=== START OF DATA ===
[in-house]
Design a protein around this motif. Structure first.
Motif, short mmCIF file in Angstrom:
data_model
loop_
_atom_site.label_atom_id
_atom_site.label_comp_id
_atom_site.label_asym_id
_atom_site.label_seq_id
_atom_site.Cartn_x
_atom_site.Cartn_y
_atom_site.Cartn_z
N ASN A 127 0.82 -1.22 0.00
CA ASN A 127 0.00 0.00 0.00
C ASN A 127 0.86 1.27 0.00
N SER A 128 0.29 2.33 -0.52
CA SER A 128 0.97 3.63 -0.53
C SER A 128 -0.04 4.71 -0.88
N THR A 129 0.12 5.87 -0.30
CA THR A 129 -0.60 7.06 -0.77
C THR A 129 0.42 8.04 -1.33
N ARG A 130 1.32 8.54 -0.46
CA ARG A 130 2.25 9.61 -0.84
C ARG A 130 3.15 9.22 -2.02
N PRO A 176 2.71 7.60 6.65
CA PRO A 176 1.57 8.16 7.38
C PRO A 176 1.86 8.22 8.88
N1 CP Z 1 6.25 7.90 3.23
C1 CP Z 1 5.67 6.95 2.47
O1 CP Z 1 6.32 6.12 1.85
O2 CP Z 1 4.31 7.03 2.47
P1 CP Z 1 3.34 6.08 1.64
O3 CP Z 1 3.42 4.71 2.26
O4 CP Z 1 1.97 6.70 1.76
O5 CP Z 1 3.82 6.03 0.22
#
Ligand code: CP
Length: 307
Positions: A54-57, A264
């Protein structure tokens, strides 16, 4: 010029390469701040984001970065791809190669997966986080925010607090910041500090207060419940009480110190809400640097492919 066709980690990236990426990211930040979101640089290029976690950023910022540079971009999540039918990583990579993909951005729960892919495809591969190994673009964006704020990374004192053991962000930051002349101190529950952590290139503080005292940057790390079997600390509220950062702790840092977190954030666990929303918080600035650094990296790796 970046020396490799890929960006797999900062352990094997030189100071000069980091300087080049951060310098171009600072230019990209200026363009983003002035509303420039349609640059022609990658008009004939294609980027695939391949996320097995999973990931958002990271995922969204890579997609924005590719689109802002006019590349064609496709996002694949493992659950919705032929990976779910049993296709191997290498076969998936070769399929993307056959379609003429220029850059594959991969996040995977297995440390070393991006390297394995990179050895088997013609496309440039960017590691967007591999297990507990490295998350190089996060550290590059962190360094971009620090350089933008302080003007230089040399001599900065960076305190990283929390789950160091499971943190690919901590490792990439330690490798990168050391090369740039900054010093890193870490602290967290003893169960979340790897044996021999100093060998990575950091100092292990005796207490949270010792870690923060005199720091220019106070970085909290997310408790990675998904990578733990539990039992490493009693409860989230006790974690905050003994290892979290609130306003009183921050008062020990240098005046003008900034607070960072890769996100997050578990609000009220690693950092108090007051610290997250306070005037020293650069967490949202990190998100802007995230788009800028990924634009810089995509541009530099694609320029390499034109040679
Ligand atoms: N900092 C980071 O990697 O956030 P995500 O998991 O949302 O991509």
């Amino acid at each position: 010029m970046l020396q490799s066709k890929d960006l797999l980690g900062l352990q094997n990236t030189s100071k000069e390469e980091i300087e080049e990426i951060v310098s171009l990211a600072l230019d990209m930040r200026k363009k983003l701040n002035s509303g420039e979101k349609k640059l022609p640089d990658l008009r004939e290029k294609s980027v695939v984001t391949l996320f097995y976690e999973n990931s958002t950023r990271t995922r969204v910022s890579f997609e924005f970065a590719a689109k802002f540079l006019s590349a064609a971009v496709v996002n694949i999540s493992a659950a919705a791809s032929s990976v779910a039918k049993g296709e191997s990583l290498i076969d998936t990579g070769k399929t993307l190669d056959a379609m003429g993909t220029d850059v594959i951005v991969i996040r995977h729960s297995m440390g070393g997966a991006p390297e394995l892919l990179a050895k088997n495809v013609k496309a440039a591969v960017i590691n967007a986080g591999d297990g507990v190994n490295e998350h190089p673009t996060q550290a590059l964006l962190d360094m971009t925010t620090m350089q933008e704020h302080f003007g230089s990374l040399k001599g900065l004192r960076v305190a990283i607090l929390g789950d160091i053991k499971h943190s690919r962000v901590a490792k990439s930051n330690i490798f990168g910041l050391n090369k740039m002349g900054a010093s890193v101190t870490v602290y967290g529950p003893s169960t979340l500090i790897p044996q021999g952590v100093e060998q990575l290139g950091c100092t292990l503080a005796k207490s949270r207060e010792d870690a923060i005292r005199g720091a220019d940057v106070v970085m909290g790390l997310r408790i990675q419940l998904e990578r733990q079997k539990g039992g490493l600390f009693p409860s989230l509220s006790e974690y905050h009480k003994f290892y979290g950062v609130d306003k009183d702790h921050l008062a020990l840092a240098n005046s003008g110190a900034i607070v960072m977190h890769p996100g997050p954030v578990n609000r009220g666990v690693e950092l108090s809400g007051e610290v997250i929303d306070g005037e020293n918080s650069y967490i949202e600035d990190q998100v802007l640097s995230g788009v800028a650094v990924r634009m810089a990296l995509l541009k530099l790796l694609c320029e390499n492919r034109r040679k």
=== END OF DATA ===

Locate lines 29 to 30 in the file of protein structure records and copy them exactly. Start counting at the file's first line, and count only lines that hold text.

C1 CP Z 1 5.67 6.95 2.47
O1 CP Z 1 6.32 6.12 1.85